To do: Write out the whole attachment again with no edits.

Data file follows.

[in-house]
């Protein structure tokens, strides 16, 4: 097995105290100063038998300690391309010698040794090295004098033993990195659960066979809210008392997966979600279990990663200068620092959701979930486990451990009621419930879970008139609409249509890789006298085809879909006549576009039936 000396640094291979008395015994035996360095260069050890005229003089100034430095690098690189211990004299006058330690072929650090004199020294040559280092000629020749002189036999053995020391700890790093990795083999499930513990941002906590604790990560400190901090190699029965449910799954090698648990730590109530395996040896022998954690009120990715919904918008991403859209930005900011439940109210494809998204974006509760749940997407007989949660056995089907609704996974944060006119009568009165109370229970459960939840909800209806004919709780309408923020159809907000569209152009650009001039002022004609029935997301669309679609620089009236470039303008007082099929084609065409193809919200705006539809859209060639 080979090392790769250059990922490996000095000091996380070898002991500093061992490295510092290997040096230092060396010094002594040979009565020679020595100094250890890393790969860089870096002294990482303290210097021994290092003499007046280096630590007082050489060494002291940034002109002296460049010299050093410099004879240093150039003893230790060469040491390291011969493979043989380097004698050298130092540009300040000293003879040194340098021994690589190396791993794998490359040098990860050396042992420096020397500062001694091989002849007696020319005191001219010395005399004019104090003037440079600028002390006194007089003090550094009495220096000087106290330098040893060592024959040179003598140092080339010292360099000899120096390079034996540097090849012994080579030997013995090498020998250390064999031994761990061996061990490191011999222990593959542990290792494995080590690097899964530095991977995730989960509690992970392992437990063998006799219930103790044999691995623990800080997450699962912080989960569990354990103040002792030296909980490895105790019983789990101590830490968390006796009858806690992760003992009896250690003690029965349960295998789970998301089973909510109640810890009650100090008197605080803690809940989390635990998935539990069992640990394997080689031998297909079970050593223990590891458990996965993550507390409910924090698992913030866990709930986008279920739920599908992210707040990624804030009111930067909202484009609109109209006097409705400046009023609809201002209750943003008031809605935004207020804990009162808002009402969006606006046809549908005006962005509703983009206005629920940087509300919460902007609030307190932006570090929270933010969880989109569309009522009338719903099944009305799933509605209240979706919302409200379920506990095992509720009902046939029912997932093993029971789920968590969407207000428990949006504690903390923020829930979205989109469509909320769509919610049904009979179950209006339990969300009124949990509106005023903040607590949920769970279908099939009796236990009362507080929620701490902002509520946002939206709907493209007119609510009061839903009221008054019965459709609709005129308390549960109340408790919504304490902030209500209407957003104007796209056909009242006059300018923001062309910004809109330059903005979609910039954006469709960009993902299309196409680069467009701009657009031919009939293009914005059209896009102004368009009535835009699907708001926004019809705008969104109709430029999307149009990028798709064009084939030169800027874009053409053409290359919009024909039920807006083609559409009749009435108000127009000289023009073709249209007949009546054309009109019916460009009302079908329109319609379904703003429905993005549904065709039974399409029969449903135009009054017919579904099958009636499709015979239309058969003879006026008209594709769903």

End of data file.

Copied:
[in-house]
């Protein structure tokens, strides 16, 4: 097995105290100063038998300690391309010698040794090295004098033993990195659960066979809210008392997966979600279990990663200068620092959701979930486990451990009621419930879970008139609409249509890789006298085809879909006549576009039936 000396640094291979008395015994035996360095260069050890005229003089100034430095690098690189211990004299006058330690072929650090004199020294040559280092000629020749002189036999053995020391700890790093990795083999499930513990941002906590604790990560400190901090190699029965449910799954090698648990730590109530395996040896022998954690009120990715919904918008991403859209930005900011439940109210494809998204974006509760749940997407007989949660056995089907609704996974944060006119009568009165109370229970459960939840909800209806004919709780309408923020159809907000569209152009650009001039002022004609029935997301669309679609620089009236470039303008007082099929084609065409193809919200705006539809859209060639 080979090392790769250059990922490996000095000091996380070898002991500093061992490295510092290997040096230092060396010094002594040979009565020679020595100094250890890393790969860089870096002294990482303290210097021994290092003499007046280096630590007082050489060494002291940034002109002296460049010299050093410099004879240093150039003893230790060469040491390291011969493979043989380097004698050298130092540009300040000293003879040194340098021994690589190396791993794998490359040098990860050396042992420096020397500062001694091989002849007696020319005191001219010395005399004019104090003037440079600028002390006194007089003090550094009495220096000087106290330098040893060592024959040179003598140092080339010292360099000899120096390079034996540097090849012994080579030997013995090498020998250390064999031994761990061996061990490191011999222990593959542990290792494995080590690097899964530095991977995730989960509690992970392992437990063998006799219930103790044999691995623990800080997450699962912080989960569990354990103040002792030296909980490895105790019983789990101590830490968390006796009858806690992760003992009896250690003690029965349960295998789970998301089973909510109640810890009650100090008197605080803690809940989390635990998935539990069992640990394997080689031998297909079970050593223990590891458990996965993550507390409910924090698992913030866990709930986008279920739920599908992210707040990624804030009111930067909202484009609109109209006097409705400046009023609809201002209750943003008031809605935004207020804990009162808002009402969006606006046809549908005006962005509703983009206005629920940087509300919460902007609030307190932006570090929270933010969880989109569309009522009338719903099944009305799933509605209240979706919302409200379920506990095992509720009902046939029912997932093993029971789920968590969407207000428990949006504690903390923020829930979205989109469509909320769509919610049904009979179950209006339990969300009124949990509106005023903040607590949920769970279908099939009796236990009362507080929620701490902002509520946002939206709907493209007119609510009061839903009221008054019965459709609709005129308390549960109340408790919504304490902030209500209407957003104007796209056909009242006059300018923001062309910004809109330059903005979609910039954006469709960009993902299309196409680069467009701009657009031919009939293009914005059209896009102004368009009535835009699907708001926004019809705008969104109709430029999307149009990028798709064009084939030169800027874009053409053409290359919009024909039920807006083609559409009749009435108000127009000289023009073709249209007949009546054309009109019916460009009302079908329109319609379904703003429905993005549904065709039974399409029969449903135009009054017919579904099958009636499709015979239309058969003879006026008209594709769903």